Walnut Canyon National Monument

Established in 1915, the Walnut Canyon National Monument is an archeological site located over 15 square km in Walnut Creek. The place offers trails, accessible viewpoints, a museum, and park film to explore. It features a Walnut Canyon of 600 ft. deep that flows toward the east and joins with the Little Colorado River. The monument is a nice attraction for visitors with a park and a small museum that gives a different sensation, smell, and culture experience to the visitors.

Timings: 9:00 a.m. – 4:30 p.m. daily except New Year and 25th December.

Dwellings: Gaze across the 25 cliff dwellings in shallow caves built by Pueblo people. One can imagine the life of old people with this evidence of ancient inhabitants. From the trails, tourists can approach for a closer view of dwellings:

  • Island Trail takes you back in time by experiencing 25 cliff dwelling rooms of Sinagua people. It takes around a 1-hour round trip to explore the trail.
  • In Rim Trail (pedestrians only) you can explore a partial pit house and pueblo (village) where it takes around 30 minutes for a round trip.


Animal Area: In the park, there is a small area with a rich assembly of wildlife that makes it an interesting site to explore. Here in the natural sanctuary you can watch a wide variety of microhabitats and mixing species found in different places. In and around the park, there are species of mammals, reptiles, amphibians, and birds appreciating the interconnected network of life.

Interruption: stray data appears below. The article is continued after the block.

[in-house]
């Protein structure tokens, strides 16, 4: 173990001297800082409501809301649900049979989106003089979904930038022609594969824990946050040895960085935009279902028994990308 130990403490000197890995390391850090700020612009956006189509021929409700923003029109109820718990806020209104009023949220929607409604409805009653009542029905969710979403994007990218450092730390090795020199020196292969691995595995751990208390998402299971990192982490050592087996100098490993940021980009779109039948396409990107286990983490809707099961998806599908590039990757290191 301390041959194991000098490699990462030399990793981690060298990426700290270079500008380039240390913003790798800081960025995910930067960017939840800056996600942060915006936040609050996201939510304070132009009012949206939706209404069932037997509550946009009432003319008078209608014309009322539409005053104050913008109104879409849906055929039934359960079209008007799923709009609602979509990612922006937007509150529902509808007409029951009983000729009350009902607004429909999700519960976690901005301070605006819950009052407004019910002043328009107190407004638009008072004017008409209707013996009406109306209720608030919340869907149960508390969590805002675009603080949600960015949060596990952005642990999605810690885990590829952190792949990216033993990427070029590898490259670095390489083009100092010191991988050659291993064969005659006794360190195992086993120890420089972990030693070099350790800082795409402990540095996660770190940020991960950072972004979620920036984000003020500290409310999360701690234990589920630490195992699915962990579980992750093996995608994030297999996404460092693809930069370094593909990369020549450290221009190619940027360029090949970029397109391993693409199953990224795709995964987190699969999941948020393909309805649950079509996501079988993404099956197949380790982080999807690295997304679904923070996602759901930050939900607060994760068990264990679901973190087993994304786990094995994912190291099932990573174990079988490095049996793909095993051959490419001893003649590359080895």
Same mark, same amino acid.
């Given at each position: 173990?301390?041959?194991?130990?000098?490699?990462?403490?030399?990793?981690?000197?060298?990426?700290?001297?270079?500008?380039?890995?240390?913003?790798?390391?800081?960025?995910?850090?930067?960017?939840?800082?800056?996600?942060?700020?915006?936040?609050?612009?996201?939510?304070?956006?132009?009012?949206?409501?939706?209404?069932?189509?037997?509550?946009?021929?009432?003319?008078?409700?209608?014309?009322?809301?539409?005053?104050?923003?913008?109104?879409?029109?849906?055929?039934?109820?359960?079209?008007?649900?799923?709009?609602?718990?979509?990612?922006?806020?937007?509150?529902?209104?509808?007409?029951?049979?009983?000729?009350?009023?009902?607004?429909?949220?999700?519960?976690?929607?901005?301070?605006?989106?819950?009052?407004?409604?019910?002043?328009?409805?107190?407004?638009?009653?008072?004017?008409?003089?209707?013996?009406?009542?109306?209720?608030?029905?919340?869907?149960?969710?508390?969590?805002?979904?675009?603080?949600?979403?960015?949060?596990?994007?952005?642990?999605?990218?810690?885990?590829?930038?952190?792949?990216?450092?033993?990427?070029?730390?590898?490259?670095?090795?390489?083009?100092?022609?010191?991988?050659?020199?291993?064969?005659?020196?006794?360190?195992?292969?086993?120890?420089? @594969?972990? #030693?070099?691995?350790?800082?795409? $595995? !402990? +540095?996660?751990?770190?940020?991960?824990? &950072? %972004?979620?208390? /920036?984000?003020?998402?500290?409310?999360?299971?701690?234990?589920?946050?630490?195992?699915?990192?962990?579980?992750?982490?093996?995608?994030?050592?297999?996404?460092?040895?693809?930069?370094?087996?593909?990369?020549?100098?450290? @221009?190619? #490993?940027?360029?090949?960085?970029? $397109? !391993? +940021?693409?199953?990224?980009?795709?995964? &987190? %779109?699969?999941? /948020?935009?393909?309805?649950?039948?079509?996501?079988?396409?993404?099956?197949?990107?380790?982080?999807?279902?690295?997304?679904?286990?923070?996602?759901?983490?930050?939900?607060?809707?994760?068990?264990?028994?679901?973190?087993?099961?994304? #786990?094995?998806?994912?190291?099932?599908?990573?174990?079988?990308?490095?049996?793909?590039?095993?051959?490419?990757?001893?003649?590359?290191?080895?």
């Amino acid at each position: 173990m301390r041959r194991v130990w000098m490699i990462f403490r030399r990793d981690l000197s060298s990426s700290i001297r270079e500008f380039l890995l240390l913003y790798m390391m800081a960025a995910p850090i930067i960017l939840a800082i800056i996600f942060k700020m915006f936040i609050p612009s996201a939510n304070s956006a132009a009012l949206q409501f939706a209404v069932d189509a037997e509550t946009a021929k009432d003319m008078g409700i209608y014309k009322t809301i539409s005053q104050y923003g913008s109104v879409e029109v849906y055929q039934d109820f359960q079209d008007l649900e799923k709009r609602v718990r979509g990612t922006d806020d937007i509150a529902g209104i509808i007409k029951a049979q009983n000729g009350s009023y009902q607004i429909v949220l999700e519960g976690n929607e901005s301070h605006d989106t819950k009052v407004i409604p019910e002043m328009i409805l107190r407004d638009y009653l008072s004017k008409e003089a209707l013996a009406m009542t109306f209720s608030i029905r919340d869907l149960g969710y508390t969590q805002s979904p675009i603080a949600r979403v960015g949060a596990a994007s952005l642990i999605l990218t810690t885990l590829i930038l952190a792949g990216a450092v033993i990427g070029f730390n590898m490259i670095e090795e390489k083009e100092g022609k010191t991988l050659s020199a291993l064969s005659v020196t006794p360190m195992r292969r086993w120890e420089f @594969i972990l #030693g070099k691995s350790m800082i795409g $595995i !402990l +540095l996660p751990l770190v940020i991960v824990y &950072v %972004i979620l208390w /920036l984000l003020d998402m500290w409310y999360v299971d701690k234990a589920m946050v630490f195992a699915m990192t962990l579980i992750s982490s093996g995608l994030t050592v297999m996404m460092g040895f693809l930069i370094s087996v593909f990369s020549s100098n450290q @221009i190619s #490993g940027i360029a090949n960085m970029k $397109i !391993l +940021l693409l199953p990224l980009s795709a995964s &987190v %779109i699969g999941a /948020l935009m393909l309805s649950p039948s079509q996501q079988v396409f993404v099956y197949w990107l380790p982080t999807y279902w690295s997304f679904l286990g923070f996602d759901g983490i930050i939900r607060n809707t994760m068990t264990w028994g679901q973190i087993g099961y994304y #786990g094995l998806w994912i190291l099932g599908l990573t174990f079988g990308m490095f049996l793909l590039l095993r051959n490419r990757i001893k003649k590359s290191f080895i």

Commonly seen wildlife includes mule deer, jackrabbits, wild turkey vultures, mountain lions, black bear, elk, rock squirrels, and pronghorn antelope. The south side consists of bird species such as Cooper’s hawk, sharp-shinned hawk, red-tailed hawk, golden eagle, prairie falcon, and great horned owl.


Plant and Vegetation Zone: Beyond the archeological site, Walnut Canyon, holds different types of plant species and patterns of vegetation across the landscape. All along the way, you can feel the changes in environmental conditions and thus plant species. It allows explorers to relax and enjoy landscapes and natural beauty.

On the higher part, you can find pine forest, Prickly Pear cactus to mixed conifer forest. As the elevation drops, one can see the juniper trees, native grasslands, and desert scrub communities on the south slope. At the bottom side, there are aspen, cottonwood, canyon grape, bee-balm, and Arizona Black Walnut to discover.

The place is not only to explore but also to learn and know about the historical-cultural site.

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